A Chicken Parable

Farmer Brown had a nice flock of chickens she kept in a coop and their enclosed yard.  Being mindful of the wily coyote, Farmer Brown never let her flock roam freely on the beautiful grass around the barn. You might say they were always “cooped up.” The Leghorns were a fairly plain breed, mostly tan in color with little to distinguish them. The flock produced reliable eggs and that is what Farmer Brown treasured every morning.

The older birds left the coop first and always roamed in the shady spots. Farmer Brown knew they were the senior citizens, so she always threw a little extra scratch and feed in that part of the enclosure. None of the rest of the flock dared venture into the shady areas. To do so would earn instant disapprobation with squawks and furious wing-flapping. The youngest of the bunch were forced to roam the sunny areas and the dry patches where no bugs and protein snacks could be found. The middle-aged birds moved as a group from place to place mostly content with whatever they could find to eat. It was always enough, but just barely. “How did Ms. Brown know exactly how much to give us?” they wondered.

One day, Farmer Brown was reading her farm magazine and decided to order a few more chickens. “I’ll just expand the coop and add another half dozen” she thought to herself. The blessed day arrived, and Ms. Brown proudly introduced six Rhode Island Red chickens to the rest of her rather plain-looking Leghorn flock. The Rhode Island Reds were beautiful to see with red-brown feathers shimmering in the light with a little patch of white behind the eye. The rooster was magnificent with his brilliant red comb and black tail feathers.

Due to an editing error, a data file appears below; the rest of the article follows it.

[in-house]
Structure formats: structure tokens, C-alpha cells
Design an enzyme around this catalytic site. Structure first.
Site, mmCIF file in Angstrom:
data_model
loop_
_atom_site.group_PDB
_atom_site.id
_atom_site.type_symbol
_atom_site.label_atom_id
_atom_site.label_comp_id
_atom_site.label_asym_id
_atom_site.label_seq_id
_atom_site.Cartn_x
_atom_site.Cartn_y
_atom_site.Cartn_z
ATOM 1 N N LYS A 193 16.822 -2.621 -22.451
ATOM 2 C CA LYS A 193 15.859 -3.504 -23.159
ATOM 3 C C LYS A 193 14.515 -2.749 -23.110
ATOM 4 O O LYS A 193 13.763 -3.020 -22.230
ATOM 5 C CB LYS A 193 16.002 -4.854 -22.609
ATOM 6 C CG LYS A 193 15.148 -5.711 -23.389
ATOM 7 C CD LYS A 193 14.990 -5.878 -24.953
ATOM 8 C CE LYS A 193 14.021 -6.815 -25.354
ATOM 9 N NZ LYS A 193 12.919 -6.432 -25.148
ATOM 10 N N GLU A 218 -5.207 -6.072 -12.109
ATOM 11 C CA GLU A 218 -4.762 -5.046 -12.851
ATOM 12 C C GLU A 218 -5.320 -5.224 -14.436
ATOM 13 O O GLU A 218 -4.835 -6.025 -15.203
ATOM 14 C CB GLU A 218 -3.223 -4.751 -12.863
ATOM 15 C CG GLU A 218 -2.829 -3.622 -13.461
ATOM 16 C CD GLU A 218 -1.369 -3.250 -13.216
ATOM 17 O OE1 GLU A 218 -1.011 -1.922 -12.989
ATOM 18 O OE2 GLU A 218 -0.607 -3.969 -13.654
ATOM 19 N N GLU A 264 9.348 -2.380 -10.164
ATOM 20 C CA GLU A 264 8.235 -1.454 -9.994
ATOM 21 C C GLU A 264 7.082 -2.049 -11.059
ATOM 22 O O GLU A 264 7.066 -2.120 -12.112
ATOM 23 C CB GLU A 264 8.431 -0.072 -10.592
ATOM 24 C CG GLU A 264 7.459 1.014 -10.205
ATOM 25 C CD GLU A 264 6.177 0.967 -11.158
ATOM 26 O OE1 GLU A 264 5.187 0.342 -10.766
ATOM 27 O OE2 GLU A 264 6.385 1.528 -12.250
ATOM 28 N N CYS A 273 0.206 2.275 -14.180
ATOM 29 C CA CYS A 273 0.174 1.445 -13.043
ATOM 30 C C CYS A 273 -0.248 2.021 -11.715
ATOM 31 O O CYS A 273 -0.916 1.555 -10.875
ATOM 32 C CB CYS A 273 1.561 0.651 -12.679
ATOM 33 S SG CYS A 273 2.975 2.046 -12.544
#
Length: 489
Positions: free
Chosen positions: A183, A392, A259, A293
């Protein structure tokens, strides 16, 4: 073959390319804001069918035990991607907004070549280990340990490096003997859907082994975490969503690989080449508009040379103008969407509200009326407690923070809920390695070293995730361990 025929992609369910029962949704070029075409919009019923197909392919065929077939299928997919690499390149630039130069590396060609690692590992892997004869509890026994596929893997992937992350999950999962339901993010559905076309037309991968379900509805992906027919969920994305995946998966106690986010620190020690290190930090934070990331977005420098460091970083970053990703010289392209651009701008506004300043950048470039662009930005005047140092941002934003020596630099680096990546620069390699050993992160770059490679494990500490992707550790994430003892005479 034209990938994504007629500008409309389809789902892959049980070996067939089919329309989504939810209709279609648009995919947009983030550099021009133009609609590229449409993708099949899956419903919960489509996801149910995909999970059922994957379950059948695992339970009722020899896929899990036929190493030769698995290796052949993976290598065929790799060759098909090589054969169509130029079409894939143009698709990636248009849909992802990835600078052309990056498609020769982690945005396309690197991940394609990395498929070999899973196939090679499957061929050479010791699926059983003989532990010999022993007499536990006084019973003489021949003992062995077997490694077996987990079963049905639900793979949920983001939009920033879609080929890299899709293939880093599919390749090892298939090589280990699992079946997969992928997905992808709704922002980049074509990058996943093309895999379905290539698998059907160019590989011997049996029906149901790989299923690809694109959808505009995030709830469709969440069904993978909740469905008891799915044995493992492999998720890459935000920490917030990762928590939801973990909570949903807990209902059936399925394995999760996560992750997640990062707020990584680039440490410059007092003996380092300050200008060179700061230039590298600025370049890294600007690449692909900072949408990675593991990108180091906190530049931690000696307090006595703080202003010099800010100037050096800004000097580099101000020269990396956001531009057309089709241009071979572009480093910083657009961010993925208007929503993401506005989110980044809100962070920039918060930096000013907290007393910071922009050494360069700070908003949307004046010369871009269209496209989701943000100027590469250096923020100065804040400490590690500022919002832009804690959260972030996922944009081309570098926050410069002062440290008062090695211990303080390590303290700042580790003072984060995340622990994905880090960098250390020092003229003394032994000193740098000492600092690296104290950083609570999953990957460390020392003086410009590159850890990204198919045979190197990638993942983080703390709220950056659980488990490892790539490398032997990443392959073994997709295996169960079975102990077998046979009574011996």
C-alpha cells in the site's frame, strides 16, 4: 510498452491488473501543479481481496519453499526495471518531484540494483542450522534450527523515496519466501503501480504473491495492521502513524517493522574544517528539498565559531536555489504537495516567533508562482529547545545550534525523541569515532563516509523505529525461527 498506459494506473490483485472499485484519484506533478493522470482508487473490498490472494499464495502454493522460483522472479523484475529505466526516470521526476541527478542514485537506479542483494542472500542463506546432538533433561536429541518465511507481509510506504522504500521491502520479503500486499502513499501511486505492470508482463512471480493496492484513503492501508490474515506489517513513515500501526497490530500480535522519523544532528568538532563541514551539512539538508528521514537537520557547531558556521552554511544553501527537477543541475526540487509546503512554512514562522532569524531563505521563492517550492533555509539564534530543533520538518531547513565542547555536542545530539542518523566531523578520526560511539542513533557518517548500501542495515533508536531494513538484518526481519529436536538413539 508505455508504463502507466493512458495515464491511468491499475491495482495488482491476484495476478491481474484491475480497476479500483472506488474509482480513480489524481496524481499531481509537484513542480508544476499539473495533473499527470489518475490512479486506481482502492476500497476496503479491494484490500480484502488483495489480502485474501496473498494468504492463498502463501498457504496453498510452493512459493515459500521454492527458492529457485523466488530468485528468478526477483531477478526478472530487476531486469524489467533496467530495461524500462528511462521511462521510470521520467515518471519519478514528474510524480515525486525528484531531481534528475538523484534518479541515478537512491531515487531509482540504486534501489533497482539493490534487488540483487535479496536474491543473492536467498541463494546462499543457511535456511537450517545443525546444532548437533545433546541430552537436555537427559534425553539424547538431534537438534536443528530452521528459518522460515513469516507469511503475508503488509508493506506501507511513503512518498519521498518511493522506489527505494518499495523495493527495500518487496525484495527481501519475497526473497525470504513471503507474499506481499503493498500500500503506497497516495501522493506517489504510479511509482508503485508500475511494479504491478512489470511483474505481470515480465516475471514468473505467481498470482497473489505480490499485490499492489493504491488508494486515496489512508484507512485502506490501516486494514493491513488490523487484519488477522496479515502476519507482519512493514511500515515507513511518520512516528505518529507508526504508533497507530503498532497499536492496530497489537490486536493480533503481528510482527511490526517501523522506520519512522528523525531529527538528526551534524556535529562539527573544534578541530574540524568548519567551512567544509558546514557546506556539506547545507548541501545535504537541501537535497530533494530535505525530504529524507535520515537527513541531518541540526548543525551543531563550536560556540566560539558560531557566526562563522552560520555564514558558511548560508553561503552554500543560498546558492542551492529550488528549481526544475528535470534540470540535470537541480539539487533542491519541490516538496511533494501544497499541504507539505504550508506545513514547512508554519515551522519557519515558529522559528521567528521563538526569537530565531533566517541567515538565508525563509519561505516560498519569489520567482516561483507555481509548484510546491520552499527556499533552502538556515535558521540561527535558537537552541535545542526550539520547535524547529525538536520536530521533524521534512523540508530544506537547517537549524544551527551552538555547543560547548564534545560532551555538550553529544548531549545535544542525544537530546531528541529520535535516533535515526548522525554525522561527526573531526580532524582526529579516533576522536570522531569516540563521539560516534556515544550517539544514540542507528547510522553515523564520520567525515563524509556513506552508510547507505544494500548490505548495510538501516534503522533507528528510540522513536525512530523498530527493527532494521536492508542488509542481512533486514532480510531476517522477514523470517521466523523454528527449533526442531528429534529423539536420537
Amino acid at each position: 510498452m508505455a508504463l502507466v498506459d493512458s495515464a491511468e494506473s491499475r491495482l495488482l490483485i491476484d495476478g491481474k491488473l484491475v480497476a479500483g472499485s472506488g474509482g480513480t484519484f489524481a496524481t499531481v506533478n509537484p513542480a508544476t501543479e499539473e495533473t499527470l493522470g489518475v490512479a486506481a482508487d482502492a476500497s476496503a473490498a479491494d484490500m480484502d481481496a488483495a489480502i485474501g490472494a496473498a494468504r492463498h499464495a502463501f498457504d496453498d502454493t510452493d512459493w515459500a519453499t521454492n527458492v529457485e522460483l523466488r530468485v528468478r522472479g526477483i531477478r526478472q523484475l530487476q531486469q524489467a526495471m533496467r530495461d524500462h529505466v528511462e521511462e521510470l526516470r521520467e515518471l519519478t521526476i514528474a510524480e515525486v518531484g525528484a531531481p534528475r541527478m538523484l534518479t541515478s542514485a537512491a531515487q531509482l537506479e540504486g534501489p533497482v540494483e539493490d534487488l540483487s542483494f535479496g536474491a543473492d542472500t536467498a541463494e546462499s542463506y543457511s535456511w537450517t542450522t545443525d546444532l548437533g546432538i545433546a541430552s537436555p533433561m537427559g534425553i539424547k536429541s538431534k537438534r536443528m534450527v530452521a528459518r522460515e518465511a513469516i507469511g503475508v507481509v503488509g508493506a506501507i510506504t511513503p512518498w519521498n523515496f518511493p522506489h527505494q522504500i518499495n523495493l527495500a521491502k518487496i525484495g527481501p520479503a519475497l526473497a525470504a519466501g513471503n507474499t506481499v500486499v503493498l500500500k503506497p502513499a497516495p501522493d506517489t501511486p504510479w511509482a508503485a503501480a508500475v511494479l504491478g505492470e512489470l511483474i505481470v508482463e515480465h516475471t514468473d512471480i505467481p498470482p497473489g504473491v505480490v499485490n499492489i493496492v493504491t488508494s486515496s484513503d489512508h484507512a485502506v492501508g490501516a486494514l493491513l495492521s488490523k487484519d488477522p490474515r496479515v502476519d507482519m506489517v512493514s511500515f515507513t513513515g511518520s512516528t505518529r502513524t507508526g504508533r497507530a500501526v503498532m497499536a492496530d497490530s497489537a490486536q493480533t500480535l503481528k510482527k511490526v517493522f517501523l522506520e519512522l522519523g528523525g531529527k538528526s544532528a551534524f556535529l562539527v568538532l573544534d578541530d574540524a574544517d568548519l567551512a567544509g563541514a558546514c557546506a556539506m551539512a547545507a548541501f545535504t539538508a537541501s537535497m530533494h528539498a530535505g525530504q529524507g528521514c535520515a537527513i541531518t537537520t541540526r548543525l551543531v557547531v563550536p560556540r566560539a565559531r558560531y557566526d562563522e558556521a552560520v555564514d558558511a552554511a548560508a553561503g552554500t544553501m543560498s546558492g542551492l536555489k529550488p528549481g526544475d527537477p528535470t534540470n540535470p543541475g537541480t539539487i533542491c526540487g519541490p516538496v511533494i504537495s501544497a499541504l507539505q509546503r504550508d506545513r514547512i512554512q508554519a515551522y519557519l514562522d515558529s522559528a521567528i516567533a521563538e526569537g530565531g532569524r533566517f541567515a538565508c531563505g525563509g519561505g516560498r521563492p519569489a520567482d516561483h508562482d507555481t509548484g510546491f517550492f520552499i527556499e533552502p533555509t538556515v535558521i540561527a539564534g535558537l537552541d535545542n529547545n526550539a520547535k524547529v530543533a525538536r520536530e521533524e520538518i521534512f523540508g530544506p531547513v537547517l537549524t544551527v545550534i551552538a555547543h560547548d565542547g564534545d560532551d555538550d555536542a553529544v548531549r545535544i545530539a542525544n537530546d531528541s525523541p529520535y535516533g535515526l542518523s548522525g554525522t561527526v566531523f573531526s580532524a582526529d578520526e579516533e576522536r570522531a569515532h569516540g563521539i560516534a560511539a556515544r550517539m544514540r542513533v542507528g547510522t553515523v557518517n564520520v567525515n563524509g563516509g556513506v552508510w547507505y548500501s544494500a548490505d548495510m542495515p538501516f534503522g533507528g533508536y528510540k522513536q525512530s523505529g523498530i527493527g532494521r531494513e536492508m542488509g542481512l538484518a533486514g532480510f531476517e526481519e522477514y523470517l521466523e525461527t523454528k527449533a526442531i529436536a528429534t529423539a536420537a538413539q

The moment these strangers strutted into the coop, every bird became suspicious and fearful. Even though the coop was bigger than ever, they all wondered, “Where will I roam now?” and “Will the farmer still throw me extra food?” Tensions mounted. The birds didn’t eat for a few days. Egg production dropped. As one of the older Leghorns fell asleep, she thought to herself, “If one of those ugly interlopers gets too close to me, I’ll whop it.”

After several days and some nearly disastrous skirmishes, the chickens staked out their places in the coop and harmony returned to the whole flock. The farmer discovered that she had to scatter extra feed now to placate the upset Leghorns – so much that several became fat. But they were mostly content.

Then one day, Ms. Brown had to drive to town, and the coyote found a way to dig under the coop fence. The coyote grabbed one of the Rhode Island birds while the rest of the flock flew up to the hen-house rafters out of reach from a jumping coyote. When the farmer returned, she cried at the sight of the blood and the feathers and the hole dug under the fence. She knew which bird had been taken, so she decided right there to do something radical.

“I’ll let them roam freely during the day and I will close them in at night. There is more than enough for them to eat out here in the yard.” In a few weeks, the fat birds went back to normal weight. The whole flock was happier, and the farmer was very proud of her flock.

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